Equation (4) now affords a means of calculating the self inductance of a coil of known dimensions. Alternatively, it can be used to determine the required dimensions for a coil to have a given inductance. However, it is not so easily applied to iron-cored coils, because the permeability of ferromagnetic material changes when the ﬂux density changes. Consequently, the inductance of an iron-cored coil is constantly changing as the coil current increases and decreases.

**Non-inductive Coil**

In many cases it is desired to have a non-inductive coil; for example, precision resistors are usually non-inductive. To construct such a coil, the winding is made of two side-by-side conductors, as illustrated in Figure 6. Every coil turn has an adjacent turn carrying current in the Opposite direction. The magnetic ﬁelds generated by adjacent turns cancel each other out. Therefore, no counter-emf is generated, and the coil is non-inductive.

**Figure 6:** Non-Inductive Coil

**Self-Inductance Example**

A solenoid with 900 turns has a total ﬂux of 1.33 X 10^{-7} Wb through its air core when the coil current is 100 mA. If the ﬂux takes 75 ms to grow from zero to its maximum level, calculate the self inductance of the coil. Also, determine the counter-emf induced in the coil during the ﬂux growth.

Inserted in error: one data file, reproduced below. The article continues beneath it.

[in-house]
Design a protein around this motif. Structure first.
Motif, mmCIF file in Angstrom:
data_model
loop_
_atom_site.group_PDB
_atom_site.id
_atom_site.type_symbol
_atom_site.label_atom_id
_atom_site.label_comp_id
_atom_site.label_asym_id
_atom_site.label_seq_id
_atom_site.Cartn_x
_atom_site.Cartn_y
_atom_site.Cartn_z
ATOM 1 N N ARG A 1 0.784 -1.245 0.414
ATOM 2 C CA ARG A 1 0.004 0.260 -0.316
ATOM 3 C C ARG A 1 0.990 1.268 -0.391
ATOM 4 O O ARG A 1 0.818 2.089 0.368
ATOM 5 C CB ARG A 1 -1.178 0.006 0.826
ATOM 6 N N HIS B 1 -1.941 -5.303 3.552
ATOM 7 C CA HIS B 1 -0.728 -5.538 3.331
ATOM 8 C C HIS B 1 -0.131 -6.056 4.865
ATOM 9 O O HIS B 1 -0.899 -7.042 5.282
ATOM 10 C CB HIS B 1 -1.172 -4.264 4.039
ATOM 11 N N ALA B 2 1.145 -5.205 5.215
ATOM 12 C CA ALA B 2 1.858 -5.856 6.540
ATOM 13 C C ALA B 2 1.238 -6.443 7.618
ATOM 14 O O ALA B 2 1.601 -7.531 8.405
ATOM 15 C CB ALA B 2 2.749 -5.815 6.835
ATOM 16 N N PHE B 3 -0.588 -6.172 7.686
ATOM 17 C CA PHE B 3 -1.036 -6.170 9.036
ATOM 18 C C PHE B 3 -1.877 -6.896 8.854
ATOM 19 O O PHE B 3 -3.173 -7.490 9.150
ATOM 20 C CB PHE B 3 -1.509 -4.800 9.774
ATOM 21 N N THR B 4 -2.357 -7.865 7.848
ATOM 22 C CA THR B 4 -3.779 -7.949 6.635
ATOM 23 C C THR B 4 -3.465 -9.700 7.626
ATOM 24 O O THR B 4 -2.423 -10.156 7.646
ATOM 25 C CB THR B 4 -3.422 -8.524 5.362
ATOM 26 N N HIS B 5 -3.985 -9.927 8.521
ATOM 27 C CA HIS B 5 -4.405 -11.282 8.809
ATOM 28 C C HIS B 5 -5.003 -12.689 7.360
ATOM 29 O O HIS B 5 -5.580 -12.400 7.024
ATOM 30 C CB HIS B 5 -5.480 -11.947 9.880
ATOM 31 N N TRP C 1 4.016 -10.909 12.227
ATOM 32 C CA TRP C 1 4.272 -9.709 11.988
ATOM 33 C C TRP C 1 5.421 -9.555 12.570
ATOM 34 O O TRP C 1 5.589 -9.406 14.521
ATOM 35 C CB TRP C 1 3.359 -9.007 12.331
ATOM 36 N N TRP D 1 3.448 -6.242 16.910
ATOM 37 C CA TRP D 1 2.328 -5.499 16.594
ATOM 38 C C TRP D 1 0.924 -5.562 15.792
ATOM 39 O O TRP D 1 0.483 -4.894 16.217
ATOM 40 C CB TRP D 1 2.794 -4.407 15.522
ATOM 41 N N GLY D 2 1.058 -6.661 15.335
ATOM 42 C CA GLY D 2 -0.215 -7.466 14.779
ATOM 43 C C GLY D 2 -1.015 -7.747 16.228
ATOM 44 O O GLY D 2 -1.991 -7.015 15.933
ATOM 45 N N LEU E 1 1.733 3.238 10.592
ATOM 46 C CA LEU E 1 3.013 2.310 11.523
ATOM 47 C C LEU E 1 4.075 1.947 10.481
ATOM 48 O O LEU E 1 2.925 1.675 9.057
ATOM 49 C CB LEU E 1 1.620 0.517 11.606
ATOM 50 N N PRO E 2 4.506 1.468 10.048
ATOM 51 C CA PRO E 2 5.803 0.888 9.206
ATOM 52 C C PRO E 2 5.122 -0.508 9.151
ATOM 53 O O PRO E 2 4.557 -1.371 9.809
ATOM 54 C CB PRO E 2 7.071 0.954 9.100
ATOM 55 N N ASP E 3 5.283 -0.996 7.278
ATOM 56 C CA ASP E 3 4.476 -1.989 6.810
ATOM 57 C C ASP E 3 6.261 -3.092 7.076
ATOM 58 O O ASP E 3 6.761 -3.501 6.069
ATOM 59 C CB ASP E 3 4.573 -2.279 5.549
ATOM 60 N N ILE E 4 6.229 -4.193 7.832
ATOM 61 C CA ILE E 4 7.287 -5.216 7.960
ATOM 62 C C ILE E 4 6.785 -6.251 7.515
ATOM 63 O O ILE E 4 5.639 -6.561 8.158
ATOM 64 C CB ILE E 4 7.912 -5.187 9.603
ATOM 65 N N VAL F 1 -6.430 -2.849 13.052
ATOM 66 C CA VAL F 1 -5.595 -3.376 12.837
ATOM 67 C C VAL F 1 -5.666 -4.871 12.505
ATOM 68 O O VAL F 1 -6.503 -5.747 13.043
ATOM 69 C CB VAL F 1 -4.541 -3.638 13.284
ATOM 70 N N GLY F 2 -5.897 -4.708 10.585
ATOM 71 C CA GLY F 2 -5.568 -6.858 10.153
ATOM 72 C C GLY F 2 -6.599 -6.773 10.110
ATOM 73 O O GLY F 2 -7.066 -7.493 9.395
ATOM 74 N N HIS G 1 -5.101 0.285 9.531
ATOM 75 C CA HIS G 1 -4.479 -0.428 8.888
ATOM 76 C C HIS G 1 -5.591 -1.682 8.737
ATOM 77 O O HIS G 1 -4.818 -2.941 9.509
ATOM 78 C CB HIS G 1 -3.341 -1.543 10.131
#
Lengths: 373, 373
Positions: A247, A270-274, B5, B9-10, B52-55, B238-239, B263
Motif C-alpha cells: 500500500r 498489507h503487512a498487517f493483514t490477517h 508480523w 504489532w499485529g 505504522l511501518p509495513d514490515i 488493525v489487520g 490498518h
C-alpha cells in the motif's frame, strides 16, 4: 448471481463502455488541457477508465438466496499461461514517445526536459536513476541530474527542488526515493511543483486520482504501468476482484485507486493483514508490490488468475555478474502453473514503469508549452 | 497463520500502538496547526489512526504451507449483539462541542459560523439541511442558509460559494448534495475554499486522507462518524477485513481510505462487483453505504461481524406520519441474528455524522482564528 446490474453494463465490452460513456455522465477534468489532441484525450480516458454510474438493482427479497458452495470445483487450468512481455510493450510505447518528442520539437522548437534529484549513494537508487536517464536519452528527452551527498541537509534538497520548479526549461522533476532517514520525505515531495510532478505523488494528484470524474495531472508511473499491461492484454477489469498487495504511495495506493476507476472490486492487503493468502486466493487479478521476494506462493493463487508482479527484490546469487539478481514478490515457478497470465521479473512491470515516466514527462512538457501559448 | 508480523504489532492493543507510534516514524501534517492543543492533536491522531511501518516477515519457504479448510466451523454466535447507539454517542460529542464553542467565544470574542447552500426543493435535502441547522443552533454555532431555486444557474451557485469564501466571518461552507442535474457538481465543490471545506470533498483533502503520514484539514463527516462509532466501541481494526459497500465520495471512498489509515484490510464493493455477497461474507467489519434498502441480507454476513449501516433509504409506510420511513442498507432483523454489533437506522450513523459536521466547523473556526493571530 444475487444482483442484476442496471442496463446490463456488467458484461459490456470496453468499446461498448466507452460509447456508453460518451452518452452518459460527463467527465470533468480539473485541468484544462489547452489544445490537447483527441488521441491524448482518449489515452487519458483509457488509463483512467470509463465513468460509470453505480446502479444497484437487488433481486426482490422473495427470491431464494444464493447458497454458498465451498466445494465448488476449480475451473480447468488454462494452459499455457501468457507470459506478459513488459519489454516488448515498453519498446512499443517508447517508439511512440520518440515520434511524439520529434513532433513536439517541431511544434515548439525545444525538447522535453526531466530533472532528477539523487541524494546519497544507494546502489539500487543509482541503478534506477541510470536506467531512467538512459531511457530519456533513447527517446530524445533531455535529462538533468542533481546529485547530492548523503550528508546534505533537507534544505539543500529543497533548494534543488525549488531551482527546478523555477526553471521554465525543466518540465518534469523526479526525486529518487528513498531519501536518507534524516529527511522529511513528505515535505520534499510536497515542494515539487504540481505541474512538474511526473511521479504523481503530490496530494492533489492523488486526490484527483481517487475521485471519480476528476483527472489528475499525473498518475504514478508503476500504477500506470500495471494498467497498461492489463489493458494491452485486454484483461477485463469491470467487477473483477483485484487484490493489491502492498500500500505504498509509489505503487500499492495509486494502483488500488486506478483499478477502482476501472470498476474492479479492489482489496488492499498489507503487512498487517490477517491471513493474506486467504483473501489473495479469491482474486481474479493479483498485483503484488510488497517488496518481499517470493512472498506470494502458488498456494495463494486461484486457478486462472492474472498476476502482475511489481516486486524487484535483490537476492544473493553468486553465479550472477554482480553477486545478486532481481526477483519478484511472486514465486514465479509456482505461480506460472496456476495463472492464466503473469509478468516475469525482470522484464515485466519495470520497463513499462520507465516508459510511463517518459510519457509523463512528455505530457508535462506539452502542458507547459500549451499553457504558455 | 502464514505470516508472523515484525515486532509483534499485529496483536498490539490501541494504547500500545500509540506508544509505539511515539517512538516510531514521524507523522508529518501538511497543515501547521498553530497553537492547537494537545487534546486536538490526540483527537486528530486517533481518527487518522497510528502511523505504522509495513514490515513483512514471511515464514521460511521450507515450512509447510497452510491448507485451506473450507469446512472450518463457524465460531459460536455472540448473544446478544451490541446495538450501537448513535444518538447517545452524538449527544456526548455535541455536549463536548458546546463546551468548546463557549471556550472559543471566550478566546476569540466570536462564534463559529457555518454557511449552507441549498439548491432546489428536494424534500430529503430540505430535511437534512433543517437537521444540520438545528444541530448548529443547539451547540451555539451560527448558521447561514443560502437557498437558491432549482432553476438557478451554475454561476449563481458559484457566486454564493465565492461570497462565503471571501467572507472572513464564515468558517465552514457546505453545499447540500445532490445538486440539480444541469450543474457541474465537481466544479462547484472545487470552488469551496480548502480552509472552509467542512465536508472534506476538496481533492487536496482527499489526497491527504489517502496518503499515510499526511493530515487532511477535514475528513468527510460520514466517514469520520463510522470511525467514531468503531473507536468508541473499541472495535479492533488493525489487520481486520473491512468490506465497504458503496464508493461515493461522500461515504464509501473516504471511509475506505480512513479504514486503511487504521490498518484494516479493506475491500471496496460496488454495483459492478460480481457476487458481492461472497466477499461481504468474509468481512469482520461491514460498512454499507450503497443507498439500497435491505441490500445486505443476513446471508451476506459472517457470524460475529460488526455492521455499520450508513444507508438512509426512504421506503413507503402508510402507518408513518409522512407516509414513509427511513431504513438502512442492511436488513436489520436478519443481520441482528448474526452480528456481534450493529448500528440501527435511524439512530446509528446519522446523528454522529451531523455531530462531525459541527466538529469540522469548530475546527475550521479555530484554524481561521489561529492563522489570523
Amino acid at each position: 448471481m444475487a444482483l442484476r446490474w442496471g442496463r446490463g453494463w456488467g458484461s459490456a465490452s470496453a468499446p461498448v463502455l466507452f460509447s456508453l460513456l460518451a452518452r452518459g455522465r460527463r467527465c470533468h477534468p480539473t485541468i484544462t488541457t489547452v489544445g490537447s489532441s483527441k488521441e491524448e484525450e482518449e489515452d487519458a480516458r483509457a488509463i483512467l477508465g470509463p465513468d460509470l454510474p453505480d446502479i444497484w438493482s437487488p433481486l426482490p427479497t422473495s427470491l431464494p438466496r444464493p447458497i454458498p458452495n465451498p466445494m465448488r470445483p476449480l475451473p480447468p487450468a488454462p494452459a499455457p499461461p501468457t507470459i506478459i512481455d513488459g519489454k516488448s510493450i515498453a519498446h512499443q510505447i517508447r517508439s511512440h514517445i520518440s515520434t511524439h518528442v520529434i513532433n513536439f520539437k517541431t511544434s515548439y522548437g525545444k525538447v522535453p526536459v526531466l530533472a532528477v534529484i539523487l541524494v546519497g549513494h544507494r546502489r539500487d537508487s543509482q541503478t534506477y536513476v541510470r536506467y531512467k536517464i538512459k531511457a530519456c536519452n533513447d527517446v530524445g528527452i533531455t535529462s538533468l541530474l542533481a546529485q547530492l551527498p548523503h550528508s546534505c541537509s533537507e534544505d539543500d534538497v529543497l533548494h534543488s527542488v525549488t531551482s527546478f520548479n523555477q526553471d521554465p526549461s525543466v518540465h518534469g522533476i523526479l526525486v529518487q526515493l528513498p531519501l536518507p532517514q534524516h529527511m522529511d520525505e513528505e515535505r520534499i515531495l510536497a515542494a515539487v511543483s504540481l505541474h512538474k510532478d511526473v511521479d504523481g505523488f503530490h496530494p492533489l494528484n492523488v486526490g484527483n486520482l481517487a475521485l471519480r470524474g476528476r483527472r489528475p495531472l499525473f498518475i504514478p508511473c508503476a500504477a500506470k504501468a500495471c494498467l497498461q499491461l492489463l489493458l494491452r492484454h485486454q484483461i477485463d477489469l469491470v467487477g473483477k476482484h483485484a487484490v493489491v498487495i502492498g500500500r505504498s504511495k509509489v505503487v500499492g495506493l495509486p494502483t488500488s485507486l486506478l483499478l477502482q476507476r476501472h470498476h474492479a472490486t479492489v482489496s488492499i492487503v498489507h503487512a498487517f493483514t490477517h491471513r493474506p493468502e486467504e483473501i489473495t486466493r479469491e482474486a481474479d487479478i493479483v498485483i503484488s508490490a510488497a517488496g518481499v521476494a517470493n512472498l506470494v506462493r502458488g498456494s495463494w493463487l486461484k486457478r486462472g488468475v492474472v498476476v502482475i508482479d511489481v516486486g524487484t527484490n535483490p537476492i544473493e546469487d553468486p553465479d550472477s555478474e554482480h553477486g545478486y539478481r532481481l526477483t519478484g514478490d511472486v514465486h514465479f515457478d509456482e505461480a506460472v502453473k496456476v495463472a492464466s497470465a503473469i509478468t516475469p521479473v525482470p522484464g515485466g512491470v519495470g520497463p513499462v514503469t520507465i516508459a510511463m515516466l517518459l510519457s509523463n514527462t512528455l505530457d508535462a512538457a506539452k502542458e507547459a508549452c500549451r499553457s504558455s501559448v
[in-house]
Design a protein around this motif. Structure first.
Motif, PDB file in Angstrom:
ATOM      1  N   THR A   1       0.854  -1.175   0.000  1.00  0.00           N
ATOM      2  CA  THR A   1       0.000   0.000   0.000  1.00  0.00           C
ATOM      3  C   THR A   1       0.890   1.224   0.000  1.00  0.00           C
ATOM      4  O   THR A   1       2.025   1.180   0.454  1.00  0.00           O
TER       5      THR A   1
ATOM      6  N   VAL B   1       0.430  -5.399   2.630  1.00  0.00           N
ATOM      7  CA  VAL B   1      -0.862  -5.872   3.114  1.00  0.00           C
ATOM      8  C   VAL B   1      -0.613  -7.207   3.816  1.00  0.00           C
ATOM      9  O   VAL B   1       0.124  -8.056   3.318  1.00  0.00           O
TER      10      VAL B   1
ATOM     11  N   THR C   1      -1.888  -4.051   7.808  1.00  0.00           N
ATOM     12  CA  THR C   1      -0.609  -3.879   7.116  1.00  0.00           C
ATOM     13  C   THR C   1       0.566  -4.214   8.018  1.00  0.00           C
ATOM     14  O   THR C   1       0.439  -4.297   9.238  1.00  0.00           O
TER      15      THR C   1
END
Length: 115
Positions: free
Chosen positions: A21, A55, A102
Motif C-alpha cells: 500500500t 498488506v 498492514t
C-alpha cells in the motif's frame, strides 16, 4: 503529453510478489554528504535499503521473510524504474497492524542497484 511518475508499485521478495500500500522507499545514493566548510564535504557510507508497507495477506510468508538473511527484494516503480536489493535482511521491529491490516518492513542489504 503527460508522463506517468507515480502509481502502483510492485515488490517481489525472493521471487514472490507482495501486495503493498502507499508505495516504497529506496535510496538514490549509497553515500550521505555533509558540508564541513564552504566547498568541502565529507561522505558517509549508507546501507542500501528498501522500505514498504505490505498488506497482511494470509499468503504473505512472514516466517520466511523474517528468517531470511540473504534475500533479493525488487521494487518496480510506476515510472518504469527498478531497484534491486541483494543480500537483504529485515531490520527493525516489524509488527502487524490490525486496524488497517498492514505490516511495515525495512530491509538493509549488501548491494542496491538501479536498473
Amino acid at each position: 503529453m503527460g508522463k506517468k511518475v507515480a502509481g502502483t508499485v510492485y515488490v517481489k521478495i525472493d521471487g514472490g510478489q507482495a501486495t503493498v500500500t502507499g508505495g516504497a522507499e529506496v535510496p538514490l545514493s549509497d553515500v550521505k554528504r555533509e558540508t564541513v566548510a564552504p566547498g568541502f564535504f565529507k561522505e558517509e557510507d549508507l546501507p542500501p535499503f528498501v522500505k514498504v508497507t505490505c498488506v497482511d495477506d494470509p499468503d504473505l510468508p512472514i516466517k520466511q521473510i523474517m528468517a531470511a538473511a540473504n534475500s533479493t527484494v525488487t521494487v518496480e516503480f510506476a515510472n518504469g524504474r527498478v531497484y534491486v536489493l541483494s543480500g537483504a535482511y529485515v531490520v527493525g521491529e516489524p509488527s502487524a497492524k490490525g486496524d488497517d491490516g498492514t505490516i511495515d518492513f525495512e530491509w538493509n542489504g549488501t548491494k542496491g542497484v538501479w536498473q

**Solution**

$\begin{align} & \Delta \phi =1.33\times {{10}^{-7}}Wb \\ & \Delta i=100mA \\ & \Delta t=75ms \\\end{align}$

Equation (3):

\[L=N\frac{\Delta \phi }{\Delta i}=900\frac{1.33\times {{10}^{-7}}}{100\times {{10}^{-3}}}=1.2mH\]

From equation (2)

\[{{e}_{L}}=N\frac{\Delta \phi }{\Delta t}=900\frac{1.33\times {{10}^{-7}}}{75\times {{10}^{-3}}}=1.6mV\]

**What is Mutual Inductance?**

When the ﬂux from one coil cuts another adjacent (or magnetically coupled) coil, an emf is induced in the second coil. Following Lenz’s law, the emf induced in the second coil sets up a ﬂux that opposes the original ﬂux from the ﬁrst coil. Thus, the induced emf is again a counter-emf, and in this case the inductive effect is referred to as **mutual inductance**. Figure 7 shows the graphic symbols used for coils with mutual inductance, also termed coupled coils.

**Figure 7:** Graphic symbols for Air and Iron Cored Coils

Like self-inductance, mutual inductance is measured in **Henry (H)**.